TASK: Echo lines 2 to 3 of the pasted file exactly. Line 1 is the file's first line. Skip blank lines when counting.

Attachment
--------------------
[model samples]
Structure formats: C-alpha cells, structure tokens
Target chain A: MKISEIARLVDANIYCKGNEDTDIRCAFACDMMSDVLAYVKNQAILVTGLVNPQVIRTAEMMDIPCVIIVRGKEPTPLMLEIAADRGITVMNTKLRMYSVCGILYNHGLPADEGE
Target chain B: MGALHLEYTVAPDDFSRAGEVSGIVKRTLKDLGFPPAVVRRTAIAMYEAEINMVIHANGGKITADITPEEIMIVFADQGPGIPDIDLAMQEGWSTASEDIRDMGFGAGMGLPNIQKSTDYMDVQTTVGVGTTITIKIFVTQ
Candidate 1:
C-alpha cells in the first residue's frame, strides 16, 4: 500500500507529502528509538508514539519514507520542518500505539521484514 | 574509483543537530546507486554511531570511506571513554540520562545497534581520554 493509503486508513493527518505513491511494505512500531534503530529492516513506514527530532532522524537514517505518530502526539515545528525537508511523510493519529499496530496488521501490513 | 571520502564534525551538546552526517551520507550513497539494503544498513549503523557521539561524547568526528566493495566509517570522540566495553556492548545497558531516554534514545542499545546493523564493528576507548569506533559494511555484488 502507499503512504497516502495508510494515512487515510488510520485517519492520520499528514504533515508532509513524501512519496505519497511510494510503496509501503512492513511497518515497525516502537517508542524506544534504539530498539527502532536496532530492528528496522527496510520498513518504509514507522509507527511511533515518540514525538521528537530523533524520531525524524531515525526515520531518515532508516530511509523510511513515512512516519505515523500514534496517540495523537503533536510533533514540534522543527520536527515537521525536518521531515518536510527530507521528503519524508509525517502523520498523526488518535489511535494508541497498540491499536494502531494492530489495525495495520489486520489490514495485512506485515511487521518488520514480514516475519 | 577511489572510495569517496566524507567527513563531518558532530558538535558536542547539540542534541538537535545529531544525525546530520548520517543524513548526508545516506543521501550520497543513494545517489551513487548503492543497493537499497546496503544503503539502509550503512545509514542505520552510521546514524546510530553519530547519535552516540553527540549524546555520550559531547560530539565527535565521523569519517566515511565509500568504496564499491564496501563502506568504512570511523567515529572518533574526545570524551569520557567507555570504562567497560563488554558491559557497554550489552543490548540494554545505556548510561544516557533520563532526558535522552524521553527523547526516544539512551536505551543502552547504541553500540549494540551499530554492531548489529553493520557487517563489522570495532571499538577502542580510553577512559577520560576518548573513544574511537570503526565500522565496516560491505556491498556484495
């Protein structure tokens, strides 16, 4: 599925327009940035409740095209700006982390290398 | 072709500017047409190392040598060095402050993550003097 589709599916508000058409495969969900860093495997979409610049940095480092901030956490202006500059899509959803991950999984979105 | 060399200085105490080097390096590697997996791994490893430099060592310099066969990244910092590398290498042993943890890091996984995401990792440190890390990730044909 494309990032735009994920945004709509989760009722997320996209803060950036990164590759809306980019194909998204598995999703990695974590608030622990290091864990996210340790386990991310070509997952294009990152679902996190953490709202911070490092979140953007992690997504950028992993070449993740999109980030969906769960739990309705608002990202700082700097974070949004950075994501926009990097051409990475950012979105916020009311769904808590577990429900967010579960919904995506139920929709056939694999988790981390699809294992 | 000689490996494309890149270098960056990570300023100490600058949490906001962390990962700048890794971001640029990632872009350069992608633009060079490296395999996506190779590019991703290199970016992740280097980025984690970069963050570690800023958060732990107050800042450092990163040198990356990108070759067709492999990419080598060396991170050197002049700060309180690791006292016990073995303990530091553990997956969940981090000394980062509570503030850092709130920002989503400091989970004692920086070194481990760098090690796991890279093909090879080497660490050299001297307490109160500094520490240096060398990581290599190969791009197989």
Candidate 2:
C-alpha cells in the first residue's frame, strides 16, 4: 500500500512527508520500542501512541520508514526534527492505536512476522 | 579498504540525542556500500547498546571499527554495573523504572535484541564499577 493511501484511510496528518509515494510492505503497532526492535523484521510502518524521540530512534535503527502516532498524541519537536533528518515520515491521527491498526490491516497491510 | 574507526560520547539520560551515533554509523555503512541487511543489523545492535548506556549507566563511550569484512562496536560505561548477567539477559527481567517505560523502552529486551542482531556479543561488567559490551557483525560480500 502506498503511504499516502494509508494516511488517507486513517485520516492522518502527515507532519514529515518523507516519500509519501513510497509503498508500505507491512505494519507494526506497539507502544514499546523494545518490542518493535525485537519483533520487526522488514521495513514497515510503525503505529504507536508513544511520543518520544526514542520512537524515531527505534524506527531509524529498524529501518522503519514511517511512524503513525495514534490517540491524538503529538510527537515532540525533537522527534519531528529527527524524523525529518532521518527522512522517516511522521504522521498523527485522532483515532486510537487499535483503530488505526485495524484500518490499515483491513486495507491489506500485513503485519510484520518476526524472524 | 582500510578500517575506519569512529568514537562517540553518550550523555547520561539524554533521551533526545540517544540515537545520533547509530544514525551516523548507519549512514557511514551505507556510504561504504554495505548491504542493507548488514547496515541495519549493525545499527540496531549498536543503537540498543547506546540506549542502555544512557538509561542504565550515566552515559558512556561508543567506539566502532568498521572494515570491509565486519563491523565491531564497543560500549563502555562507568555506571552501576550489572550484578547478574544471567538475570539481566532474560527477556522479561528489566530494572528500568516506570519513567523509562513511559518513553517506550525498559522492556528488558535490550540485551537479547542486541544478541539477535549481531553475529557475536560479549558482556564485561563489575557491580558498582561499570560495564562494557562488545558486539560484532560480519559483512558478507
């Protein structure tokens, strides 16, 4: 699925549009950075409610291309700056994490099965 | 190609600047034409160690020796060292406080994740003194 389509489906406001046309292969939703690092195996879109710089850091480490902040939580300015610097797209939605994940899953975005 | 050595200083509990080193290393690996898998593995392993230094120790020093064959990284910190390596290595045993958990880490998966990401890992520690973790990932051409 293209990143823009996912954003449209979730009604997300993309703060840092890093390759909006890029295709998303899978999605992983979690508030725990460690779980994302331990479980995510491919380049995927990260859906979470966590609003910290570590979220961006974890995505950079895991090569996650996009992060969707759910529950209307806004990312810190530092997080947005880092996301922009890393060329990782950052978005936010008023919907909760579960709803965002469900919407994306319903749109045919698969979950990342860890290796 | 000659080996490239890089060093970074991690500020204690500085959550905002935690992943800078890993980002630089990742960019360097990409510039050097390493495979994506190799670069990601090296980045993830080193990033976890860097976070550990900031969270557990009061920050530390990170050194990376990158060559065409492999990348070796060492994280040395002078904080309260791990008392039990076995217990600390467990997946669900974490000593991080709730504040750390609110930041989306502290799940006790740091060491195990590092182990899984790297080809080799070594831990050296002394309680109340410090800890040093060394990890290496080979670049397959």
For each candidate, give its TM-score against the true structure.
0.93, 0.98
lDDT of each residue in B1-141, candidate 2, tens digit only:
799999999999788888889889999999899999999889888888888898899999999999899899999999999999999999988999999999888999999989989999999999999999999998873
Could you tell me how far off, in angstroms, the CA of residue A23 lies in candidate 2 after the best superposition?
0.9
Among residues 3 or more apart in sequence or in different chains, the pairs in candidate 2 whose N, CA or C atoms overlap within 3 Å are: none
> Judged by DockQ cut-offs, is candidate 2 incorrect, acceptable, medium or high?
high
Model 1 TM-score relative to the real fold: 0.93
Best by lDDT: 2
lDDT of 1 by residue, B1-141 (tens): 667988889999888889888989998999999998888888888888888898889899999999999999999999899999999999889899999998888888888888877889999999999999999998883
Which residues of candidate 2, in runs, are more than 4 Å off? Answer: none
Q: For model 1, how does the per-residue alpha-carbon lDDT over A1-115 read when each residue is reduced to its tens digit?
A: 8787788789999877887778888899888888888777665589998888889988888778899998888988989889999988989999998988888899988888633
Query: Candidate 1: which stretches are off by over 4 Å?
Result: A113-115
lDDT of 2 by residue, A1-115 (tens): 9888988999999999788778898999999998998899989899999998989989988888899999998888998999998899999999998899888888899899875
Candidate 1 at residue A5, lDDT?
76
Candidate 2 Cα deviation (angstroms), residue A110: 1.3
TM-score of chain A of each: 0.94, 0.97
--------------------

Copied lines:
Structure formats: C-alpha cells, structure tokens
Target chain A: MKISEIARLVDANIYCKGNEDTDIRCAFACDMMSDVLAYVKNQAILVTGLVNPQVIRTAEMMDIPCVIIVRGKEPTPLMLEIAADRGITVMNTKLRMYSVCGILYNHGLPADEGE